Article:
Hello from the Unicode Conference in Santa Clara, California, where the Maps Transliteration team is giving a talk about ICU-based transliteration. Transliterating this originally Spanish city name to Japanese, we get サンタ・クララ, which (when morphed back to the Latin writing system) becomes “Santa Kurara.”
Machine Transliteration is an active area of research (slides), which means it can be rather challenging in general. Typically, transliteration emulates the pronunciation, but sometimes it also preserves some aspects of the original written spelling. We created transliteration modules with the open-source ICU library for languages that have highly regular spelling; if you’re using Google Maps in Japanese, Russian or Chinese, you can see how we use it to display labels in both the local language and your own:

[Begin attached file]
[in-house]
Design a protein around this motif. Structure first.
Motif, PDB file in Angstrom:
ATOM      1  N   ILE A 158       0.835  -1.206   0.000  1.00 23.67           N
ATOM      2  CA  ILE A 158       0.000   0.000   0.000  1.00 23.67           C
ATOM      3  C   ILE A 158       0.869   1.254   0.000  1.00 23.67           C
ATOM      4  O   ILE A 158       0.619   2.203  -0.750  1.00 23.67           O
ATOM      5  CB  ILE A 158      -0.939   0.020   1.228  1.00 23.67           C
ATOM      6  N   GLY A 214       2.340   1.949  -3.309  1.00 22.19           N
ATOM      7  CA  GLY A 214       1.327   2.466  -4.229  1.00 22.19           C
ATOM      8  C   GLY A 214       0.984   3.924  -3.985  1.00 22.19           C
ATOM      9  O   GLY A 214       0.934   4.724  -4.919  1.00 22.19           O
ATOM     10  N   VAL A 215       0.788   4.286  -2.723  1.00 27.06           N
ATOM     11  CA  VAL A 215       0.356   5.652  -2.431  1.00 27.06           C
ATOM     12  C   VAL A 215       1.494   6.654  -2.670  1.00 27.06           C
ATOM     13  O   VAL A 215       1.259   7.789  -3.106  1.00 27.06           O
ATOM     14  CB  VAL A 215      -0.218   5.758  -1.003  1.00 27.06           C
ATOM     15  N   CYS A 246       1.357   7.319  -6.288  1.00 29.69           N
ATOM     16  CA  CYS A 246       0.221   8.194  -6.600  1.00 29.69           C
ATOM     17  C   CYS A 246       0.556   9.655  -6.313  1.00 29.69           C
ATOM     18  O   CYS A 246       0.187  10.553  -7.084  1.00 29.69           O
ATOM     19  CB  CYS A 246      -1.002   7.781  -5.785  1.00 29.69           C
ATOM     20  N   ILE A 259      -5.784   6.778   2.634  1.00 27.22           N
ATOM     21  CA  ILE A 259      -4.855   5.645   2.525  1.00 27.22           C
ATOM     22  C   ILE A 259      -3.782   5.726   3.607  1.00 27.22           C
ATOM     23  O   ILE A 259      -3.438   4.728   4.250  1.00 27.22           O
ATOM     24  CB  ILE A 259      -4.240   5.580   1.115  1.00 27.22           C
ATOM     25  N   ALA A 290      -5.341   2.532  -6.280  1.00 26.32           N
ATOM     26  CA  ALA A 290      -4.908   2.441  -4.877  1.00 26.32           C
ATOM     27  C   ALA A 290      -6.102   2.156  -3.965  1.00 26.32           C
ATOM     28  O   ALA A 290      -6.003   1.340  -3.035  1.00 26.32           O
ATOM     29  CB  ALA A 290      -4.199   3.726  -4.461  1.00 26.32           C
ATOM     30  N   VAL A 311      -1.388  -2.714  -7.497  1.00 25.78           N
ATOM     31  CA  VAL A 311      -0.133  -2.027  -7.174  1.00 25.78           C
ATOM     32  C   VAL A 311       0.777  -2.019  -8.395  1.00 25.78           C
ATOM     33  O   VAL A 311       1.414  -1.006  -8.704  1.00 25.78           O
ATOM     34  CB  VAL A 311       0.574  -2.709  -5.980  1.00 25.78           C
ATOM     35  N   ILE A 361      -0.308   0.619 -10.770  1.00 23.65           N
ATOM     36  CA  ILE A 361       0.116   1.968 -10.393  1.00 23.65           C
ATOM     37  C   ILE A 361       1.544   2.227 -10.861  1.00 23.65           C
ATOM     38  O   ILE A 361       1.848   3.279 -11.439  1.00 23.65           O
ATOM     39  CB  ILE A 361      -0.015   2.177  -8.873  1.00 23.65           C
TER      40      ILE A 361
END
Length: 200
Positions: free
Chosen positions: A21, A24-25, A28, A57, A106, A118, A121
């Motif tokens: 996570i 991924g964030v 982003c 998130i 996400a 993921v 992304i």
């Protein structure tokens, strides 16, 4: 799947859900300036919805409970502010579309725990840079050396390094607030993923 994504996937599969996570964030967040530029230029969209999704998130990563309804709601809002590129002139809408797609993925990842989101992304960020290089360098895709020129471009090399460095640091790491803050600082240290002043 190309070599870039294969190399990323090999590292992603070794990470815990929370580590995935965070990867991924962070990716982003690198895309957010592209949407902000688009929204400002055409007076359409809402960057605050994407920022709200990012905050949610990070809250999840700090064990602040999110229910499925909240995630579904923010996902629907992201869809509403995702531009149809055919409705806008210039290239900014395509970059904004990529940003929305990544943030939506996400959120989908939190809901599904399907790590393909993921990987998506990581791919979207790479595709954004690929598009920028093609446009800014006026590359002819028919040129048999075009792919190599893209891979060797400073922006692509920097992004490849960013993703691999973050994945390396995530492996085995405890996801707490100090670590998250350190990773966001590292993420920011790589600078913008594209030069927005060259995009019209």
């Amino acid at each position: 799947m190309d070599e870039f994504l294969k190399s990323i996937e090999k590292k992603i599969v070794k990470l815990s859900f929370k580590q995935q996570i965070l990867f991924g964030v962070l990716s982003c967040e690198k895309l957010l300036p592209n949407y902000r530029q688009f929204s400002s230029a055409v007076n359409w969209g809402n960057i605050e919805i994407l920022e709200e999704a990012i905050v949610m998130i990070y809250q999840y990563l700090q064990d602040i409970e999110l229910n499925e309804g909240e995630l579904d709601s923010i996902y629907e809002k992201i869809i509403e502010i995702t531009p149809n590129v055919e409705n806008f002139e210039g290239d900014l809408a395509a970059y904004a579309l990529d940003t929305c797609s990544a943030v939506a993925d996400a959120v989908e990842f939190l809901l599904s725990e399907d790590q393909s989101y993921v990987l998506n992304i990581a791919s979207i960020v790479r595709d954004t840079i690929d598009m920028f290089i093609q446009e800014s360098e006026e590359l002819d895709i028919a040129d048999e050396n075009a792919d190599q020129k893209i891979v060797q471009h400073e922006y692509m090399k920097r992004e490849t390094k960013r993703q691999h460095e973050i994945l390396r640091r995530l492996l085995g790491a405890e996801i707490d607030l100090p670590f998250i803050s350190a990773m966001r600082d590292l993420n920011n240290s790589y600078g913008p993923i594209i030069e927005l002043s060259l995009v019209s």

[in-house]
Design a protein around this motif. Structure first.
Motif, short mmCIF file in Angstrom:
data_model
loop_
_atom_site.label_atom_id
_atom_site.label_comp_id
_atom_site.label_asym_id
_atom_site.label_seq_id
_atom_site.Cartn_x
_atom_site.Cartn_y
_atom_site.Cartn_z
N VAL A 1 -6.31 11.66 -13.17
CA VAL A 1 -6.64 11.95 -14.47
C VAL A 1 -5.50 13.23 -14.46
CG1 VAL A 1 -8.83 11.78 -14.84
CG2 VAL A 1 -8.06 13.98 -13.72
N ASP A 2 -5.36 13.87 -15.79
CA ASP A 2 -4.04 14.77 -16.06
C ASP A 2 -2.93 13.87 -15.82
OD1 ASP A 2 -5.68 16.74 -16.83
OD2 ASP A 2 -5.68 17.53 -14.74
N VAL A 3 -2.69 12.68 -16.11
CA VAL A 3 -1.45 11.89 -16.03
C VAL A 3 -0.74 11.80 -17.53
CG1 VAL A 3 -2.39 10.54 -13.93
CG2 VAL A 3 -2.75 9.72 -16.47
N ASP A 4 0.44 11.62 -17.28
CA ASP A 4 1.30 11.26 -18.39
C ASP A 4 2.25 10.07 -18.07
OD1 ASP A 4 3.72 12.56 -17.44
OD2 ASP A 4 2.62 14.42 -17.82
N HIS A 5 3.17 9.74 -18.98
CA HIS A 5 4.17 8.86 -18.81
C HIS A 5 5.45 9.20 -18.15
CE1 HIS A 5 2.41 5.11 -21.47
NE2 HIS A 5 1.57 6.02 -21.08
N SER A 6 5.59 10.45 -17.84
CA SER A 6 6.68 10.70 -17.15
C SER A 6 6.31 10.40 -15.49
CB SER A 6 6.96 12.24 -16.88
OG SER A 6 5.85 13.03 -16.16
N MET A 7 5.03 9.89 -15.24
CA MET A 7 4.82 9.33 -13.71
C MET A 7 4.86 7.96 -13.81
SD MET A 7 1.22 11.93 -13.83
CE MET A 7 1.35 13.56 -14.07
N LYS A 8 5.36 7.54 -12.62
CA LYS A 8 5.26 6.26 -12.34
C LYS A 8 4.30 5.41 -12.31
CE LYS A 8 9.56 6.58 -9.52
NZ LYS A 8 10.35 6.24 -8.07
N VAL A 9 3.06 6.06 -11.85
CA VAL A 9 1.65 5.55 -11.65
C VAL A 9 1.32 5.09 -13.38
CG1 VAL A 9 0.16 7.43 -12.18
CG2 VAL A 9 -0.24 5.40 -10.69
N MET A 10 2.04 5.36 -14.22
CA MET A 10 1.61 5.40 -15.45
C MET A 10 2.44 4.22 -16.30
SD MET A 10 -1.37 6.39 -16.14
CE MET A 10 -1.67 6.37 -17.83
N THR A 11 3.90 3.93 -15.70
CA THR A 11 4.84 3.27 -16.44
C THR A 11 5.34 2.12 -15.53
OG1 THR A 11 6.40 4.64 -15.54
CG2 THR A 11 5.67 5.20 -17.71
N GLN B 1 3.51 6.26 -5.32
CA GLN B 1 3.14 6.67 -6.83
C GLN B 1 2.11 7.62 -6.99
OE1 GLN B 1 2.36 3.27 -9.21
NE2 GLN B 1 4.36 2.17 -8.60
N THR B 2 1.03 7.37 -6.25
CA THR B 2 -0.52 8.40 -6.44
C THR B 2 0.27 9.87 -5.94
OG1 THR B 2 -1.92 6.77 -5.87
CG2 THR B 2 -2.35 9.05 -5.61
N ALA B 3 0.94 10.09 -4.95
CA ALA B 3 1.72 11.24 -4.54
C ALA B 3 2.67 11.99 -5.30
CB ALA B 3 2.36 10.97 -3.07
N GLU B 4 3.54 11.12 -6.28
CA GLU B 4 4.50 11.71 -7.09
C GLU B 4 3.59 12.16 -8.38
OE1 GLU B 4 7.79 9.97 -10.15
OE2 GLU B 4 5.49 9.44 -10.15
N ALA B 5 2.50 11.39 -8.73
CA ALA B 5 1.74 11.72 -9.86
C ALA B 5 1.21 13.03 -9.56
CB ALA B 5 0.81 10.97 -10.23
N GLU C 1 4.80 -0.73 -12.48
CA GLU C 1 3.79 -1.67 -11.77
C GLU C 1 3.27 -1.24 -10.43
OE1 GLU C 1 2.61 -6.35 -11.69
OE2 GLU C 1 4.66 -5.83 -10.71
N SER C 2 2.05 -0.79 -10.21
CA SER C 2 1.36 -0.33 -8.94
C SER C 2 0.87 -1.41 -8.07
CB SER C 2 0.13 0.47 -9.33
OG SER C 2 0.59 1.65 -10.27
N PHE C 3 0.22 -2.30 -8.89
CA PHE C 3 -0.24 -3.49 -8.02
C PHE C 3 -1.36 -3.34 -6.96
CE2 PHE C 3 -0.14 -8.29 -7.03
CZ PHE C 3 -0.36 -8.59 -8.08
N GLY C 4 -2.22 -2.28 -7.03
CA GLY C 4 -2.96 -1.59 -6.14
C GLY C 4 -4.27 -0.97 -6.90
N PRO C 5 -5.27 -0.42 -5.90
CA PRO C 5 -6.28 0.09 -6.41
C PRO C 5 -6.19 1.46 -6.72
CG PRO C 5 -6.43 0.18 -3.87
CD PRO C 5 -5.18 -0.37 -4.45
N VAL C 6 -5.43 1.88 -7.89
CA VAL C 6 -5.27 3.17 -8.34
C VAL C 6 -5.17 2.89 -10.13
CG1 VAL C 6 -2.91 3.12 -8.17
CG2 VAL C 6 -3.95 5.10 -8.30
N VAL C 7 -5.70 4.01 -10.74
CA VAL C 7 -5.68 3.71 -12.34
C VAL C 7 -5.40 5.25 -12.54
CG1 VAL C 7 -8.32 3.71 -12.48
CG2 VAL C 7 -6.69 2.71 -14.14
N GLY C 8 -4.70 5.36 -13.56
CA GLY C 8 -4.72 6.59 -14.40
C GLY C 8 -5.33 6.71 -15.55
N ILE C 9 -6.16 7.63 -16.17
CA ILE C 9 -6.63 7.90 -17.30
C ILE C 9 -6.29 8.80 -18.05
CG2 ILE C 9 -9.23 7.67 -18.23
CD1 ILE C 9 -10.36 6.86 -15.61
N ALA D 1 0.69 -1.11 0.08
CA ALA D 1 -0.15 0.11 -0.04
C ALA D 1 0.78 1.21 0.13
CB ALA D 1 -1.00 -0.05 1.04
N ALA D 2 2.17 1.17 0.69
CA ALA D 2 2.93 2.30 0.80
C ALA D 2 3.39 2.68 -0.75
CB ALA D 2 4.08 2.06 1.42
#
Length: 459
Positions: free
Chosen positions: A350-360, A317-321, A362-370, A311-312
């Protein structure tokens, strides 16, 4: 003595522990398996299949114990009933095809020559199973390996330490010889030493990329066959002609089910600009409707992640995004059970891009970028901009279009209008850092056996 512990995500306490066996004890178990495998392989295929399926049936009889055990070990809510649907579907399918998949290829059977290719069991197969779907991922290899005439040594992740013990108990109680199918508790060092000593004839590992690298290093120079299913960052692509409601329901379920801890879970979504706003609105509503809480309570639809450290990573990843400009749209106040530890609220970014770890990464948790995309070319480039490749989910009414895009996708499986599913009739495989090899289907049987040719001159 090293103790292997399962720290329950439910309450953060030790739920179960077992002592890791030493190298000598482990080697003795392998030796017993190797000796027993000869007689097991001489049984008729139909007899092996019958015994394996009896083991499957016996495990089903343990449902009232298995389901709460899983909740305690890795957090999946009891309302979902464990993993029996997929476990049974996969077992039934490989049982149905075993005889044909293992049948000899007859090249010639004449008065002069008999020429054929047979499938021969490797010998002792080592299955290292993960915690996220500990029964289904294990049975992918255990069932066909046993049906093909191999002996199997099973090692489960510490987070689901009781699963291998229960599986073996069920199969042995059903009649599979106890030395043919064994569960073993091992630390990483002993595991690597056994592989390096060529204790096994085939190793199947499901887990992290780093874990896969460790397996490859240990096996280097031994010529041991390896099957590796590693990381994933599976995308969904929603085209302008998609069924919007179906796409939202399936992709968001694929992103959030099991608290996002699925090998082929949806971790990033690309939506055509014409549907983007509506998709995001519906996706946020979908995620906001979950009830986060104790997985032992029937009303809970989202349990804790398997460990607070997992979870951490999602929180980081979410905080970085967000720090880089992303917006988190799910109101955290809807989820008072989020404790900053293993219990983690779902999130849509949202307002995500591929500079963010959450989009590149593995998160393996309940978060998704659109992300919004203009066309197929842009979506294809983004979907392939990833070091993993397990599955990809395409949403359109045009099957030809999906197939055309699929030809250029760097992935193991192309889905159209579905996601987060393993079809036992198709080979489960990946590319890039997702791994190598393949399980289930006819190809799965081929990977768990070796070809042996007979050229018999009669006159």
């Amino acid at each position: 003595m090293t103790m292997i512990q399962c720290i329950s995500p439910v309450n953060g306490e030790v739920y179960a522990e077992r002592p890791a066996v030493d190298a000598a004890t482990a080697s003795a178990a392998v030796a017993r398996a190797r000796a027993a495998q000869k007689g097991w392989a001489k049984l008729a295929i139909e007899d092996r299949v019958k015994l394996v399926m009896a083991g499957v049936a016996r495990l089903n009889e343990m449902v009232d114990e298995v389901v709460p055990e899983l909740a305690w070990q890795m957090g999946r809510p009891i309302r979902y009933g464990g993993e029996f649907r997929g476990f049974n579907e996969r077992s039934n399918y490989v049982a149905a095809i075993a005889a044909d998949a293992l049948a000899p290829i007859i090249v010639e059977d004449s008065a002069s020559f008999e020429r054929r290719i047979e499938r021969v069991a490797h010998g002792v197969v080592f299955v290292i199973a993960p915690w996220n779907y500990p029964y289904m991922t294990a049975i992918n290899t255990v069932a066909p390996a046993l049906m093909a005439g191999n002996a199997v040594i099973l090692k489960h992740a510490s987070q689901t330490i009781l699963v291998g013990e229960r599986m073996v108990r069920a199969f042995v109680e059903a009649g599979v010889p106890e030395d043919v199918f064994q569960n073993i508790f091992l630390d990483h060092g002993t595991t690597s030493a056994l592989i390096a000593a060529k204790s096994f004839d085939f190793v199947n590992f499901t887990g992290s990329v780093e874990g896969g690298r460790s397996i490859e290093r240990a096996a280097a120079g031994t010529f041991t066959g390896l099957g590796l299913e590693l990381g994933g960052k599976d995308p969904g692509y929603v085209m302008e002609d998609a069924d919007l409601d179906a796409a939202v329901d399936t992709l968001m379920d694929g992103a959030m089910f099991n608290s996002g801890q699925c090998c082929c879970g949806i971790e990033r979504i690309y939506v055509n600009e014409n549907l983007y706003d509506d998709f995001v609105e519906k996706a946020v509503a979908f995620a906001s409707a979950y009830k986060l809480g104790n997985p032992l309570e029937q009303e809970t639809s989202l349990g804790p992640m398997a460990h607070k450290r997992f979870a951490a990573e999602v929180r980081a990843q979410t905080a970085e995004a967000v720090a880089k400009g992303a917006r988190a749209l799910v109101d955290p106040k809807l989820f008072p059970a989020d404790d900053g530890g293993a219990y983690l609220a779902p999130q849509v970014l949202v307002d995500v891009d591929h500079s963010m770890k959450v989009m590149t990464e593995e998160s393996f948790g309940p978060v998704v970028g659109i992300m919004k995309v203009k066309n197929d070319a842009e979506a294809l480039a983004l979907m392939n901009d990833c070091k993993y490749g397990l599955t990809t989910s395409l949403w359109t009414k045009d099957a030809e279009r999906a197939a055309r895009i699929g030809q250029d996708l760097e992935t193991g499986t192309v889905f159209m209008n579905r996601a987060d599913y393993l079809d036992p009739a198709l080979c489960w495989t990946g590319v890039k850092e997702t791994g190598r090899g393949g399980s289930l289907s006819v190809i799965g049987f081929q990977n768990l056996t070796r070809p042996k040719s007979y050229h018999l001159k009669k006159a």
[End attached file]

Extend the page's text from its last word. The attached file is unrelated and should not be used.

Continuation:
Today, we’re announcing the contribution of our ICU transliteration rules for Czech, Italian, Japanese, Korean, Mandarin, Polish, Romanian, Russian, Slovak and Spanish to the Unicode Common Locale Data Repository. (For languages with very irregular spelling, like English, we supplement ICU with some more advanced techniques.) If you would like to try writing rules for your own language, have a look at the instructions in the ICU user guide.
アスタ・ラ・ビスタ — “Asuta ra bisuta,” from sunny “Kariforunia!”